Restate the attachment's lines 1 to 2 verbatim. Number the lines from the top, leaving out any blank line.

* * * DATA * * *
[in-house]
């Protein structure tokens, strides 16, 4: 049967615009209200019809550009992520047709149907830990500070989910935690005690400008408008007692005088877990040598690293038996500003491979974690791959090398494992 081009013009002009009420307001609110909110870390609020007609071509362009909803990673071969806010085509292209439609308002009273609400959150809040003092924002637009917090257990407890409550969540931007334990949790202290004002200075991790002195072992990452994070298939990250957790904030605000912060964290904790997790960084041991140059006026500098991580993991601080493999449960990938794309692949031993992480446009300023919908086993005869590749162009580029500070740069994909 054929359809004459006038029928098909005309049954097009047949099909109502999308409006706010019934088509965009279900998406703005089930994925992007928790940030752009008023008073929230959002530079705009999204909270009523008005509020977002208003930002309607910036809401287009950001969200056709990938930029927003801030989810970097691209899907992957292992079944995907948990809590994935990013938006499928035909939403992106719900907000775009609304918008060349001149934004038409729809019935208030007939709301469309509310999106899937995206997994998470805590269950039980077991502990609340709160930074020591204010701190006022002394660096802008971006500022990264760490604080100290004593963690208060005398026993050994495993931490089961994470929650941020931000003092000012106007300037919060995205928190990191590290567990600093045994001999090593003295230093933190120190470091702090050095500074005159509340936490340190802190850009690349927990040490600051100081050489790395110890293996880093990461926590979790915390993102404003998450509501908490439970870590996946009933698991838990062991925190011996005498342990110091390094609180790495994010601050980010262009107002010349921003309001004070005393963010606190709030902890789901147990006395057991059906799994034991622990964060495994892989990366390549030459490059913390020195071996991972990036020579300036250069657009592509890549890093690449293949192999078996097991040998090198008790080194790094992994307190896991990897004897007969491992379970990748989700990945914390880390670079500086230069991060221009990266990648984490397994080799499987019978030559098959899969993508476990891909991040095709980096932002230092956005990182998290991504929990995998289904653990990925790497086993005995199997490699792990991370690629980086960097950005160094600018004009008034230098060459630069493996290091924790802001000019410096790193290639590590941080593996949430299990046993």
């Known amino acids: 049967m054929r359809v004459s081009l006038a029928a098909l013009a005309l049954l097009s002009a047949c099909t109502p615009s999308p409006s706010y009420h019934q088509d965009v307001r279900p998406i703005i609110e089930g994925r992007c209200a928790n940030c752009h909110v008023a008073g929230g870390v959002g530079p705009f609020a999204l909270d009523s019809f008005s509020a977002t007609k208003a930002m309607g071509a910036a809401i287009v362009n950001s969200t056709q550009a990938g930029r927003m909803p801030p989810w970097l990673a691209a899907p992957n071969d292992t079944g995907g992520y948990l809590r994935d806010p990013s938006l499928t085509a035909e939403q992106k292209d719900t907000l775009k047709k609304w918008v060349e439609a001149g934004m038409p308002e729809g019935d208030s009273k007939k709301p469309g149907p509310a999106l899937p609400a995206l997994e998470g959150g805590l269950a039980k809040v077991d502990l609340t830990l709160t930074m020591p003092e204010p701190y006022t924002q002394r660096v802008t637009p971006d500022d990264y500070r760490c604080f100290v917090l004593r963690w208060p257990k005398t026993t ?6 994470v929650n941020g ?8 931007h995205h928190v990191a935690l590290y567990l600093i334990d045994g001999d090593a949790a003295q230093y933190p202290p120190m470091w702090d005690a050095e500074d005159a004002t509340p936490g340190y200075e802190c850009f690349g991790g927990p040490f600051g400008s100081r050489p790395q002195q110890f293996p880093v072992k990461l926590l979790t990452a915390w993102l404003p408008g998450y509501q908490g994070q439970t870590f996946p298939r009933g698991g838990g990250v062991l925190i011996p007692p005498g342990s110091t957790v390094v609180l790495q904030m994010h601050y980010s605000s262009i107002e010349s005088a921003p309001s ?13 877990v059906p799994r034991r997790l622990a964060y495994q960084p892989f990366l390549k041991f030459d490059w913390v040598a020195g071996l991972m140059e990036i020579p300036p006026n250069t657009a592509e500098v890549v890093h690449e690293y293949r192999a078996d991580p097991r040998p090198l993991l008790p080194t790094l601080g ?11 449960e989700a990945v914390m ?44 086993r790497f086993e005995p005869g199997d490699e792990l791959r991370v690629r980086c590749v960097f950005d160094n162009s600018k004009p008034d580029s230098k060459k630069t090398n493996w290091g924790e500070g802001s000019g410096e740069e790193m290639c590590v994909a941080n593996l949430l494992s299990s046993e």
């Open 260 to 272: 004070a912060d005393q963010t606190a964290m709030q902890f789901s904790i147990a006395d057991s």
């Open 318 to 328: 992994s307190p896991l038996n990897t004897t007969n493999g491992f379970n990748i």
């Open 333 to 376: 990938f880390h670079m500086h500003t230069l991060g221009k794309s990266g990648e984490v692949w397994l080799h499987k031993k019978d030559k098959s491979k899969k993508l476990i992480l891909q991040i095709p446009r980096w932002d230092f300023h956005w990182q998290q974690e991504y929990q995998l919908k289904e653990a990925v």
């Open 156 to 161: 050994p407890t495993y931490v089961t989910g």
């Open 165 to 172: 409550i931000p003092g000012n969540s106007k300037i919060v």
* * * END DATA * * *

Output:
[in-house]
């Protein structure tokens, strides 16, 4: 049967615009209200019809550009992520047709149907830990500070989910935690005690400008408008007692005088877990040598690293038996500003491979974690791959090398494992 081009013009002009009420307001609110909110870390609020007609071509362009909803990673071969806010085509292209439609308002009273609400959150809040003092924002637009917090257990407890409550969540931007334990949790202290004002200075991790002195072992990452994070298939990250957790904030605000912060964290904790997790960084041991140059006026500098991580993991601080493999449960990938794309692949031993992480446009300023919908086993005869590749162009580029500070740069994909 054929359809004459006038029928098909005309049954097009047949099909109502999308409006706010019934088509965009279900998406703005089930994925992007928790940030752009008023008073929230959002530079705009999204909270009523008005509020977002208003930002309607910036809401287009950001969200056709990938930029927003801030989810970097691209899907992957292992079944995907948990809590994935990013938006499928035909939403992106719900907000775009609304918008060349001149934004038409729809019935208030007939709301469309509310999106899937995206997994998470805590269950039980077991502990609340709160930074020591204010701190006022002394660096802008971006500022990264760490604080100290004593963690208060005398026993050994495993931490089961994470929650941020931000003092000012106007300037919060995205928190990191590290567990600093045994001999090593003295230093933190120190470091702090050095500074005159509340936490340190802190850009690349927990040490600051100081050489790395110890293996880093990461926590979790915390993102404003998450509501908490439970870590996946009933698991838990062991925190011996005498342990110091390094609180790495994010601050980010262009107002010349921003309001004070005393963010606190709030902890789901147990006395057991059906799994034991622990964060495994892989990366390549030459490059913390020195071996991972990036020579300036250069657009592509890549890093690449293949192999078996097991040998090198008790080194790094992994307190896991990897004897007969491992379970990748989700990945914390880390670079500086230069991060221009990266990648984490397994080799499987019978030559098959899969993508476990891909991040095709980096932002230092956005990182998290991504929990995998289904653990990925790497086993005995199997490699792990991370690629980086960097950005160094600018004009008034230098060459630069493996290091924790802001000019410096790193290639590590941080593996949430299990046993």